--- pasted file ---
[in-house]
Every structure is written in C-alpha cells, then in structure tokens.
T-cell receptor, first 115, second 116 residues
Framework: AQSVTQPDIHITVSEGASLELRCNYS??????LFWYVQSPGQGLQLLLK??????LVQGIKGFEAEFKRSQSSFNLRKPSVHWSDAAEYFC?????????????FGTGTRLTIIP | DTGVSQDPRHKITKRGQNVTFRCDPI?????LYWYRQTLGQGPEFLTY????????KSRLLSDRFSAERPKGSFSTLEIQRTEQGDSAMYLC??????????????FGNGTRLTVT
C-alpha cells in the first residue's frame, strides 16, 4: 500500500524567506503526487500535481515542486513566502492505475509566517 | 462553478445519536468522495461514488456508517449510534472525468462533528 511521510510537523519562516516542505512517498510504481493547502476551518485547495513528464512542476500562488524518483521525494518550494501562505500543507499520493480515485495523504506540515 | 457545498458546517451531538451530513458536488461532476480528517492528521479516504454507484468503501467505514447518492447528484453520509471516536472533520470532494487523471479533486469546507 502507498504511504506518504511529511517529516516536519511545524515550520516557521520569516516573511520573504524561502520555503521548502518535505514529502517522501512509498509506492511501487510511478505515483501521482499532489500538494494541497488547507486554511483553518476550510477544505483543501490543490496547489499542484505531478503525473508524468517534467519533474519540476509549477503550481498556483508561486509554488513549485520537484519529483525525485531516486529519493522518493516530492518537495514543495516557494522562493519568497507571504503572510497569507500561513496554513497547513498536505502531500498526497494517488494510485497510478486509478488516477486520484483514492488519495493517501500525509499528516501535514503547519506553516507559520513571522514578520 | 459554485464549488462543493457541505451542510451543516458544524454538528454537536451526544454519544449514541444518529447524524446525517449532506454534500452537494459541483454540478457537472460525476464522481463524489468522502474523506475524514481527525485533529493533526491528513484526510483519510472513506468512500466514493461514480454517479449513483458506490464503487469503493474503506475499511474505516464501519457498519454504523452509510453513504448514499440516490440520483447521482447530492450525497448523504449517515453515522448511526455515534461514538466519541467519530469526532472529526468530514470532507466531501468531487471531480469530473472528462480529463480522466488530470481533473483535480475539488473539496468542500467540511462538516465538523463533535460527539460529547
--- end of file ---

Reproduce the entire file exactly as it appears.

[in-house]
Every structure is written in C-alpha cells, then in structure tokens.
T-cell receptor, first 115, second 116 residues
Framework: AQSVTQPDIHITVSEGASLELRCNYS??????LFWYVQSPGQGLQLLLK??????LVQGIKGFEAEFKRSQSSFNLRKPSVHWSDAAEYFC?????????????FGTGTRLTIIP | DTGVSQDPRHKITKRGQNVTFRCDPI?????LYWYRQTLGQGPEFLTY????????KSRLLSDRFSAERPKGSFSTLEIQRTEQGDSAMYLC??????????????FGNGTRLTVT
C-alpha cells in the first residue's frame, strides 16, 4: 500500500524567506503526487500535481515542486513566502492505475509566517 | 462553478445519536468522495461514488456508517449510534472525468462533528 511521510510537523519562516516542505512517498510504481493547502476551518485547495513528464512542476500562488524518483521525494518550494501562505500543507499520493480515485495523504506540515 | 457545498458546517451531538451530513458536488461532476480528517492528521479516504454507484468503501467505514447518492447528484453520509471516536472533520470532494487523471479533486469546507 502507498504511504506518504511529511517529516516536519511545524515550520516557521520569516516573511520573504524561502520555503521548502518535505514529502517522501512509498509506492511501487510511478505515483501521482499532489500538494494541497488547507486554511483553518476550510477544505483543501490543490496547489499542484505531478503525473508524468517534467519533474519540476509549477503550481498556483508561486509554488513549485520537484519529483525525485531516486529519493522518493516530492518537495514543495516557494522562493519568497507571504503572510497569507500561513496554513497547513498536505502531500498526497494517488494510485497510478486509478488516477486520484483514492488519495493517501500525509499528516501535514503547519506553516507559520513571522514578520 | 459554485464549488462543493457541505451542510451543516458544524454538528454537536451526544454519544449514541444518529447524524446525517449532506454534500452537494459541483454540478457537472460525476464522481463524489468522502474523506475524514481527525485533529493533526491528513484526510483519510472513506468512500466514493461514480454517479449513483458506490464503487469503493474503506475499511474505516464501519457498519454504523452509510453513504448514499440516490440520483447521482447530492450525497448523504449517515453515522448511526455515534461514538466519541467519530469526532472529526468530514470532507466531501468531487471531480469530473472528462480529463480522466488530470481533473483535480475539488473539496468542500467540511462538516465538523463533535460527539460529547